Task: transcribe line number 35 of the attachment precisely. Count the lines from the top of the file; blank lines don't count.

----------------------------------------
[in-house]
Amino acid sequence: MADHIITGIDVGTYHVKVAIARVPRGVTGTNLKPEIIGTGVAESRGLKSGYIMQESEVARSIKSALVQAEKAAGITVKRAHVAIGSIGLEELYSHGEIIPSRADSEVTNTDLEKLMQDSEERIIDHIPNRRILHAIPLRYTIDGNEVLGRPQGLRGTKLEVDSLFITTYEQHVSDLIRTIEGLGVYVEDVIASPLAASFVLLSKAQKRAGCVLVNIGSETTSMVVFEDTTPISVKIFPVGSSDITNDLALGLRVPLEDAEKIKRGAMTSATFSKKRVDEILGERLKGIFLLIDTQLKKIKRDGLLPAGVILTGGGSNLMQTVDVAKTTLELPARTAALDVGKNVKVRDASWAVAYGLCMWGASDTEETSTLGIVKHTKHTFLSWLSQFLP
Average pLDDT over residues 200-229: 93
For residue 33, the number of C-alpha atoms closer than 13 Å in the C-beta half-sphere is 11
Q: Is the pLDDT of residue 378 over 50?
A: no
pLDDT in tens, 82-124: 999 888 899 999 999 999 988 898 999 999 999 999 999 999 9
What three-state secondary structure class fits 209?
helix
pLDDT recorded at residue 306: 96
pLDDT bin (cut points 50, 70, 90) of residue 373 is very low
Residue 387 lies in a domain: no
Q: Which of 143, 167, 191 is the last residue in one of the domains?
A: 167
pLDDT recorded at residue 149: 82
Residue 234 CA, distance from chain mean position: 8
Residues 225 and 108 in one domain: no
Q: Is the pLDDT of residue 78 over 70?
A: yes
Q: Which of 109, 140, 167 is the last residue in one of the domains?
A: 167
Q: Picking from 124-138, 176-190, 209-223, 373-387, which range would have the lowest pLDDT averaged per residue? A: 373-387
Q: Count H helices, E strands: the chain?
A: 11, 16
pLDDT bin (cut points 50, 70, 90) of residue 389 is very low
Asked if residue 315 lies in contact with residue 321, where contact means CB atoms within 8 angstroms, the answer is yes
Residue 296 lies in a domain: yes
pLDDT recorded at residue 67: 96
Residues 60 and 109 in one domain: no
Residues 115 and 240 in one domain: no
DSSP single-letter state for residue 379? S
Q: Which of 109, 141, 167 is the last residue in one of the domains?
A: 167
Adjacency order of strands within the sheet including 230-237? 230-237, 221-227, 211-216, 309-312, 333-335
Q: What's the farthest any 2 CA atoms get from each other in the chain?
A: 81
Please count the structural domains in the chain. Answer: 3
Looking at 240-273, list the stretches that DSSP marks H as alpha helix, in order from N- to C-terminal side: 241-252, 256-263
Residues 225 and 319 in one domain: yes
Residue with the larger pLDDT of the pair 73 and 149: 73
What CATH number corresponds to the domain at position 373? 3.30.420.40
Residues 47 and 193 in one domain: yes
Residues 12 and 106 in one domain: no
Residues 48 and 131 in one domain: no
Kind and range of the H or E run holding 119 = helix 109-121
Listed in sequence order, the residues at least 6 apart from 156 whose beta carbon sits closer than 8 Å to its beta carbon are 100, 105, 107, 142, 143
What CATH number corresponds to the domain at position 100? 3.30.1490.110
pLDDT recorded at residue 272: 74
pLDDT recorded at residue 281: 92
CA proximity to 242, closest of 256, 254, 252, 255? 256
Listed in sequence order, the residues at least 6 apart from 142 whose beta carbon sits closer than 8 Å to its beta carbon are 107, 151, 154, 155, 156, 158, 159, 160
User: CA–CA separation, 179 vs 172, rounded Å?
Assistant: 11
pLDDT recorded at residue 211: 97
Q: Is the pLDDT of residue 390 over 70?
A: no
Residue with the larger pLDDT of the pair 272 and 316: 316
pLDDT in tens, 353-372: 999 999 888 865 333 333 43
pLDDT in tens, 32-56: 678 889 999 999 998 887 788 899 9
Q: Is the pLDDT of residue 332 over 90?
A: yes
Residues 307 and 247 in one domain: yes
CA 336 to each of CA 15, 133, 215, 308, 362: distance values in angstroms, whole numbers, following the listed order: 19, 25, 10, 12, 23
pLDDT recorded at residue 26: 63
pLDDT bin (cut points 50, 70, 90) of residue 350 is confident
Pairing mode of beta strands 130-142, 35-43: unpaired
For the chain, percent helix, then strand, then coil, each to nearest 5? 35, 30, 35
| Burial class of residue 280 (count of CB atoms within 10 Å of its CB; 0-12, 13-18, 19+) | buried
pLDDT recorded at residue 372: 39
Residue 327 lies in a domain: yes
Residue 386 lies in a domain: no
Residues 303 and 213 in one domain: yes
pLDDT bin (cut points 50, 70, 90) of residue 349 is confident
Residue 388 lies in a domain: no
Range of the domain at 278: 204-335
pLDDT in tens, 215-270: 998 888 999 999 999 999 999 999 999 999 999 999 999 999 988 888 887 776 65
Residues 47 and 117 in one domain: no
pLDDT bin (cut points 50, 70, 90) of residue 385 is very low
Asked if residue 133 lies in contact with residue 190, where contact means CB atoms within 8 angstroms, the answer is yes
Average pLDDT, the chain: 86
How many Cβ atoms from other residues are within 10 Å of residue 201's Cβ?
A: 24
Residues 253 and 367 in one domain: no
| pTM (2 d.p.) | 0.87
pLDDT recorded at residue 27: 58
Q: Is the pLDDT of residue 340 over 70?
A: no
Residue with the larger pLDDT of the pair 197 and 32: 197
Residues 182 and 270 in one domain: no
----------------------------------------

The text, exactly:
Q: What's the farthest any 2 CA atoms get from each other in the chain?